In addition to regular training, supervisors who are authorized to carry a firearm will be required to qualify to carry the gun four times a year. The supervisors will need to prove their proficiency in the use of firearms through marksmanship and drills that test their ability to react in specific circumstances. State law requires that police semi-annually undergo proficiency and competency qualifications, so Calvin’s quarterly qualifications set a much higher standard.
The Use of Force policy has been authorized for a number of reasons. Concern regarding the ability of Campus Safety to adequately serve and protect Calvin College has been raised by parents, employees and students.
“We have received inquiries of concern from parents, employees of the college, and even some students asking how [Campus Safety] would protect them if someone came on campus with the intent of committing a violent act,” said Corner. Also, state and local government budget cutbacks have caused a decrease in the number of police officers employed by the Grand Rapids Police Department.
Corner supports this claim by providing statics regarding the cutbacks: “The Grand Rapids police have lost approximately 70 officer positions since 2001, so the response time is delayed.”
Also spurring these changes are previous incidents where officers have responded to potentially dangerous calls without adequate protection. Corner noted the incident ivolving a seminary student last summer.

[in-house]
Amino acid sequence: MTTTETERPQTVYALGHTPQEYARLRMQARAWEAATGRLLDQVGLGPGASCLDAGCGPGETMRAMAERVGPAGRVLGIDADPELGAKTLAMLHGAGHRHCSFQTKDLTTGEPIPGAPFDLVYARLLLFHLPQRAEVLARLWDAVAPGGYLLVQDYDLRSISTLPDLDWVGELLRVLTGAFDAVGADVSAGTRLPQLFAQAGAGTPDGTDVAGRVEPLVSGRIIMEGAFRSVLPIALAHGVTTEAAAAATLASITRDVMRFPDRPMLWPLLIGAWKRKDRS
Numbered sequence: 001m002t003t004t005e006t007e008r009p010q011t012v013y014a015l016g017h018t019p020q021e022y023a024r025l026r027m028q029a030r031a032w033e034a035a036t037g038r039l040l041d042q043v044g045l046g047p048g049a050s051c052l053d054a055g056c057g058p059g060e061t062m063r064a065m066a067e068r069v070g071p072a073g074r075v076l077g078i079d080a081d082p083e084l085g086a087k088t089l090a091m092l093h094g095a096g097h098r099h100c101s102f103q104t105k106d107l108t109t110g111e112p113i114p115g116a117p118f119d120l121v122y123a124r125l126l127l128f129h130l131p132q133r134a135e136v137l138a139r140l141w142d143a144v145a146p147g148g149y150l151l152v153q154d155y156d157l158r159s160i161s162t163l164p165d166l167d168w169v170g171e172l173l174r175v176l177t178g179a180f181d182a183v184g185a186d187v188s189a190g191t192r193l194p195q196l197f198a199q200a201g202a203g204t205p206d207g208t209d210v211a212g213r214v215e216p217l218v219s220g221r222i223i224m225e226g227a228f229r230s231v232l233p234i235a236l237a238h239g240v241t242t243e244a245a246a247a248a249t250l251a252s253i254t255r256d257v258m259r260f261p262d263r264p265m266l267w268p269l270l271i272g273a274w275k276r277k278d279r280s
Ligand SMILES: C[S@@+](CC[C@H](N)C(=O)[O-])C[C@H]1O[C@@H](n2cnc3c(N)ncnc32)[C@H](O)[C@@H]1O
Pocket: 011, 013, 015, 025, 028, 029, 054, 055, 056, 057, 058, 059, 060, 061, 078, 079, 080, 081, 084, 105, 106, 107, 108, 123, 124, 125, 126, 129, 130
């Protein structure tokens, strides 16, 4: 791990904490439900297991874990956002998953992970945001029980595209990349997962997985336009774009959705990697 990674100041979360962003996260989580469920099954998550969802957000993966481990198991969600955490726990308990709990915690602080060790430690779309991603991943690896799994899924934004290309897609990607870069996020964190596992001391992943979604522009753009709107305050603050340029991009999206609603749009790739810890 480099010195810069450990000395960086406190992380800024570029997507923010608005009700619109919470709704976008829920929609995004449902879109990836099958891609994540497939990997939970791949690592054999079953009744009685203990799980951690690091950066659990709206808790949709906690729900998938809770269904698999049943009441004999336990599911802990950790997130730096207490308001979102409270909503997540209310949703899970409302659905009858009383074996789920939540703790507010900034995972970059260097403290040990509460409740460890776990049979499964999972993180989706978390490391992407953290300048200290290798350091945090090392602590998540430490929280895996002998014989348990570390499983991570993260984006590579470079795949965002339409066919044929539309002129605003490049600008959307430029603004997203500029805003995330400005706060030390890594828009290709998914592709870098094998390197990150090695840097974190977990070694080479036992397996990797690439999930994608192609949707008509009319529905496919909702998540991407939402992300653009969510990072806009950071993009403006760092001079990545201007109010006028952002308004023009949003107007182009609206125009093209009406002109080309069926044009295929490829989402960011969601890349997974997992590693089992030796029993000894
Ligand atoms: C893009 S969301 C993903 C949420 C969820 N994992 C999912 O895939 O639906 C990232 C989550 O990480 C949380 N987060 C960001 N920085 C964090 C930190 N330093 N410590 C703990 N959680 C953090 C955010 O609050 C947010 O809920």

“For me to respond to that request for help from the seminary is rather concerning, because I am going into the situation with nothing more than a radio. This person had a handgun and a lot of ammunition,” stated Corner.
Another incident occurred last fall when an unauthorized person was sighted in non-public locations in the Prince Conference Center and the FAC. The suspect was wanted in other states and had previous convictions for assault with dangerous weapons.
“These kinds of things happen a few times a year,” said Corner. “A lot of times, we haven’t even called the police yet when we make contact with someone, because we don’t know what we are dealing with until we arrive at the location where the person is.”
Corner stresses the point that these policies are not being implemented because of increasing dangers on campus.
“The campus itself is not any less safe,” assured Corner, “but we need to be able to respond to a threat in a safe and timely manner, and this gives us the ability to do so in a way that we did not have before.”
Discussing the impact of the new policy on the Calvin community, President Byker concluded that the change would be subtle, but beneficial.
“I don’t think there will be a lot of impact,” he said. “The awareness that the Campus Safety supervisors are armed will hopefully have some deterrent effect on someone who would otherwise not think that there was an adequate response. There is now an additional deterrent to violent behavior on campus. I don’t think it will change the behavior of the Campus Safety officers and I don’t think most people on a day to day basis will be aware that there has been a change.”